Caroline Wilson has used the annual Andrew Olle lecture to deliver some harsh truths. Picture: Getty Images
Caroline Wilson has used the annual Andrew Olle lecture to deliver some harsh truths. Picture: Getty Images

Caroline Wilson: Bingle-AFL episode exposed hypocrisy

REVERED sports journalist Caroline Wilson has used the Andrew Olle lecture to shine a spotlight on the sexism that still exists in sport and sports media.

Wilson, who only last year retired from her position as chief football reporter at The Age, suggested issues for women started at the top when it came to the AFL.

"The AFL boasts two women commissioners and hopefully a third by the end of the year, which will mean the females in the boardroom of the biggest sport in this country no longer represent cultural change and not a conspiracy," Wilson said on Thursday night.

Wilson, who not only broke but smashed the glass ceiling for female sports journalists, said she was initially hired as "an experiment".

And while it took her time to gain access to players in change rooms and sit with her peers at industry events - Wilson was always seated with the wives and girlfriends - she was pivotal in paving the way for the next generation of females in the industry.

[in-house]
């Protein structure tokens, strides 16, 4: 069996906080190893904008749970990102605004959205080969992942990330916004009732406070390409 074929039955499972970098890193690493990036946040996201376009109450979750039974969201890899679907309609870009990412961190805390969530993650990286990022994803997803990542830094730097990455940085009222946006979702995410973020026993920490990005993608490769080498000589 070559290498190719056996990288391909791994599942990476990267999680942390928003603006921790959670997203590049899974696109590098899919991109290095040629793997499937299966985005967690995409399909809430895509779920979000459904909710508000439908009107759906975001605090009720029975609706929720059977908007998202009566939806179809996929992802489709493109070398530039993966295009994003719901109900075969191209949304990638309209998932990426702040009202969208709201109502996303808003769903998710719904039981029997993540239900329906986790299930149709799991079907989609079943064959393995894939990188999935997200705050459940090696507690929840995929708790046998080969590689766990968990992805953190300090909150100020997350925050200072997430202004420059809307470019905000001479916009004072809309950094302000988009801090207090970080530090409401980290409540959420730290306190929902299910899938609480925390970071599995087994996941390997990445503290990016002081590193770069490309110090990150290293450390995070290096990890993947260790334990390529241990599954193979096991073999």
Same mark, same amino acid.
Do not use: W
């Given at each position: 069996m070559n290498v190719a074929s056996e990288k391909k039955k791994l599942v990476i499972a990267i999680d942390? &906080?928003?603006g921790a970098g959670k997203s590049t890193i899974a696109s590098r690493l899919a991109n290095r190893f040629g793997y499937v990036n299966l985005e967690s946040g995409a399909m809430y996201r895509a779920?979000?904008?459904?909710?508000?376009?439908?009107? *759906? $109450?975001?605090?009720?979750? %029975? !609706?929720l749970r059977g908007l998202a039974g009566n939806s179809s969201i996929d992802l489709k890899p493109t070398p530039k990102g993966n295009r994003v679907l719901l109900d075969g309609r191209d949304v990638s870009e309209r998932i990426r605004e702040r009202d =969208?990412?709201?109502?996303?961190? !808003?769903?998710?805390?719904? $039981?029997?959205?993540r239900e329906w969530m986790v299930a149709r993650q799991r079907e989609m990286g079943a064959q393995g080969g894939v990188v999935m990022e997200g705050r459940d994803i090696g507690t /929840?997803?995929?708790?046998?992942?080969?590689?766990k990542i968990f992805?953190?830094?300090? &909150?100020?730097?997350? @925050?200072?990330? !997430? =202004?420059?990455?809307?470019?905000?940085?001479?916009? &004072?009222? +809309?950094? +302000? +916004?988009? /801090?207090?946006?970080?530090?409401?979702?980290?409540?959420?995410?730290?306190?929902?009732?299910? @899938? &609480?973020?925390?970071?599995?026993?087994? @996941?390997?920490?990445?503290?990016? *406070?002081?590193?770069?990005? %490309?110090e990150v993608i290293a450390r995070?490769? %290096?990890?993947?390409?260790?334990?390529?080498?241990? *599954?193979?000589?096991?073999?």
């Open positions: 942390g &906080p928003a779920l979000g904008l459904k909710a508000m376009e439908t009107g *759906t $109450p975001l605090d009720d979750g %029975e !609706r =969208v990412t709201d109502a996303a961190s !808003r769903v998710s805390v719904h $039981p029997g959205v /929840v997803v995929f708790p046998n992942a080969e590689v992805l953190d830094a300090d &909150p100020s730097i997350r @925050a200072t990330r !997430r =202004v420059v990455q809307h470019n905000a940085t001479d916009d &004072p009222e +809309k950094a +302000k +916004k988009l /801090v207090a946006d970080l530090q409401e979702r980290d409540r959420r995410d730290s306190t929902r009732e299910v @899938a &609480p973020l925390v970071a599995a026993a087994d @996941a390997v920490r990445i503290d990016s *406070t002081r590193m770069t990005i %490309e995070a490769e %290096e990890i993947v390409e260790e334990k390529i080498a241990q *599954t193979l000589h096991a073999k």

Yet Wilson confessed she hadn't always embraced her title as a trailblazer and that she often grew frustrated with aspiring journalists.

"I have to admit at times in my own career I've become a bit impatient with young aspiring journos and commentators and felt like telling them to toughen up," Wilson said.

"Breaking stories and asking difficult questions and debunking myths are all tasks punctuated by discomfort. And one of the great assets of any workplace is a sense of humour.

"Taking a position, too, can be fraught with challenge - on occasion the unpalatable choice has been to resign in protest, take a vow of dignified silence or slug it out."

Still, Wilson noted the double standards that still pervaded the sporting landscape when it came to the sexes.

In 2008 Sam Newman "staple gunned (Wilson's) head shot to a mannequin wearing underwear on The Footy Show", while only two years ago Collingwood president Eddie McGuire joked about drowning Wilson at the Big Freeze at the 'G.

But it was an incident involving Lara Bingle in 2010 that for Wilson highlighted the "horrendous double standards" that continued at the AFL.

"(Bingle) was repeatedly accused of being a predator by certain male commentators whose hypocrisy I can only say was breathtaking," Wilson said.

Despite this, Wilson suggested there were times where not being a member of the boys' club was "an asset".

"Women do often see things differently," Wilson said.

"We think about sport differently and we write about it differently.

"We have changed, diversified and improved the way it is covered.

"And where football is concerned maybe we even love it differently. But we do love it."